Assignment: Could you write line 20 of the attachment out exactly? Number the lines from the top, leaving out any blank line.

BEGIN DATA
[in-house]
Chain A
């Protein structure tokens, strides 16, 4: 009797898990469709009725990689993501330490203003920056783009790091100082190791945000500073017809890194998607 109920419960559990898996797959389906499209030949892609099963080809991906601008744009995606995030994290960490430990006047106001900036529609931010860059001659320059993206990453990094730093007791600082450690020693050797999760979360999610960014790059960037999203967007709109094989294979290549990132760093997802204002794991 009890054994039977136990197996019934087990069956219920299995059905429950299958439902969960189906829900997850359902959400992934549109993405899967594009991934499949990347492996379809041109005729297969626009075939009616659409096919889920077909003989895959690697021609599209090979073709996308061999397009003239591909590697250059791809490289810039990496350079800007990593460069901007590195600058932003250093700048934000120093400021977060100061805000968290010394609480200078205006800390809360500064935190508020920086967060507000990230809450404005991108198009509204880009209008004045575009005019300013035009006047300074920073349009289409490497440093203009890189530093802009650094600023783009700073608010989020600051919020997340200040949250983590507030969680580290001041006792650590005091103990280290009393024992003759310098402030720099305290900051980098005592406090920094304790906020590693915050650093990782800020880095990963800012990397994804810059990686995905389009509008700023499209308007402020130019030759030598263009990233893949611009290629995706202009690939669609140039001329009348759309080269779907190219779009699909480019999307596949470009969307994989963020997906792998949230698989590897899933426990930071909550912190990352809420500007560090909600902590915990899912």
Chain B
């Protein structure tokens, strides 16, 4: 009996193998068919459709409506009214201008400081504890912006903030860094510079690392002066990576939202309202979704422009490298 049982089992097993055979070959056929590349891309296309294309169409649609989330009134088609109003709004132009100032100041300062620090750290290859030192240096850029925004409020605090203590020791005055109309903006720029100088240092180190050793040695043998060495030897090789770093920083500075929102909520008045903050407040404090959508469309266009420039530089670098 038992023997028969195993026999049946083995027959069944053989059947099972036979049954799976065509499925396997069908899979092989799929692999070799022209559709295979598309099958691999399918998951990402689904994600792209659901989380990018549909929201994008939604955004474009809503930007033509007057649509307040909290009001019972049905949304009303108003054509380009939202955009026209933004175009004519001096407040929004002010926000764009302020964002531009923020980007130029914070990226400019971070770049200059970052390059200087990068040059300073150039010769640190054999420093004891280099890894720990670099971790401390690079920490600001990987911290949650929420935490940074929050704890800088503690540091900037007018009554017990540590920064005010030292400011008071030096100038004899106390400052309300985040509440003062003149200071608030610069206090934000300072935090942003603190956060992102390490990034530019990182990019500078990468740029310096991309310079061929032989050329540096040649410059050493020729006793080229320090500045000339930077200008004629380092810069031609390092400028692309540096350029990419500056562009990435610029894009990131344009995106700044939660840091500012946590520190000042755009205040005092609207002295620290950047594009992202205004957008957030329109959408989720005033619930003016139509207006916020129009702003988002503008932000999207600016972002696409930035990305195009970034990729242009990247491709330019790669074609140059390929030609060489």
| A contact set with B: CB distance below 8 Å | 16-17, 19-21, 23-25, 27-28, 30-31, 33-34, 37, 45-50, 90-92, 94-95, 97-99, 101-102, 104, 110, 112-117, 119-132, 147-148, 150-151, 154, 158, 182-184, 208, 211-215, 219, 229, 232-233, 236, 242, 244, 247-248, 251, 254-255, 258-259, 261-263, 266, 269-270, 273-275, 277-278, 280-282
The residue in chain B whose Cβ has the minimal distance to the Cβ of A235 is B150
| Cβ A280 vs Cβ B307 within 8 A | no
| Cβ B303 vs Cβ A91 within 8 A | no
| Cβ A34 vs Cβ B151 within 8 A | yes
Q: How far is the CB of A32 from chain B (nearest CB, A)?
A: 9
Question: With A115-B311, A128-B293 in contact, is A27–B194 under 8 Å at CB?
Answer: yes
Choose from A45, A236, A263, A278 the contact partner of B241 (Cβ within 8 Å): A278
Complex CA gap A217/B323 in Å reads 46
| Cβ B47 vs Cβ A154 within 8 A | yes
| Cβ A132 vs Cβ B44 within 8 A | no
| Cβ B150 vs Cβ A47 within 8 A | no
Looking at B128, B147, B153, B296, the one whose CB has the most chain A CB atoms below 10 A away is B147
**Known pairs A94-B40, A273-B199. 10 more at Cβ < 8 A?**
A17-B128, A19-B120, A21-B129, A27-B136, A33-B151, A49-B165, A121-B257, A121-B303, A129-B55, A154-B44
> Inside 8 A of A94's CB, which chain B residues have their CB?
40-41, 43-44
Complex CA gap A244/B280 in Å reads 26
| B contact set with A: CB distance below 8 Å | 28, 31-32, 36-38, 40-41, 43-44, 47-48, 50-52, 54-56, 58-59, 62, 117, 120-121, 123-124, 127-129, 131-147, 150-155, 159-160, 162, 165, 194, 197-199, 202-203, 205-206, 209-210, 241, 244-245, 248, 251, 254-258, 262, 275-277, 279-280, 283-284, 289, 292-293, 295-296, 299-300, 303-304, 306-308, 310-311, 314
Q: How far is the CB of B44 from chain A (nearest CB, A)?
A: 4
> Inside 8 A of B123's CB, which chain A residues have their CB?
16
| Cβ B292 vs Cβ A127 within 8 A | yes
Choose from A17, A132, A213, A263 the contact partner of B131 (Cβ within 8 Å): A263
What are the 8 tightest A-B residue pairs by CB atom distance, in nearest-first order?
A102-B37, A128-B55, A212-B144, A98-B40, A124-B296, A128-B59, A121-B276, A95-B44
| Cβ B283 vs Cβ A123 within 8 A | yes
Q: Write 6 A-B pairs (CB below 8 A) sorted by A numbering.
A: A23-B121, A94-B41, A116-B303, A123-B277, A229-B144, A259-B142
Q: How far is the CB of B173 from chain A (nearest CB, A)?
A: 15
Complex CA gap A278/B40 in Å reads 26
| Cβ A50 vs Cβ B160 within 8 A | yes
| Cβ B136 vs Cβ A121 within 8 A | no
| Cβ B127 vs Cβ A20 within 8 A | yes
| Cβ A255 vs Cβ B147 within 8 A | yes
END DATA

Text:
Looking at B128, B147, B153, B296, the one whose CB has the most chain A CB atoms below 10 A away is B147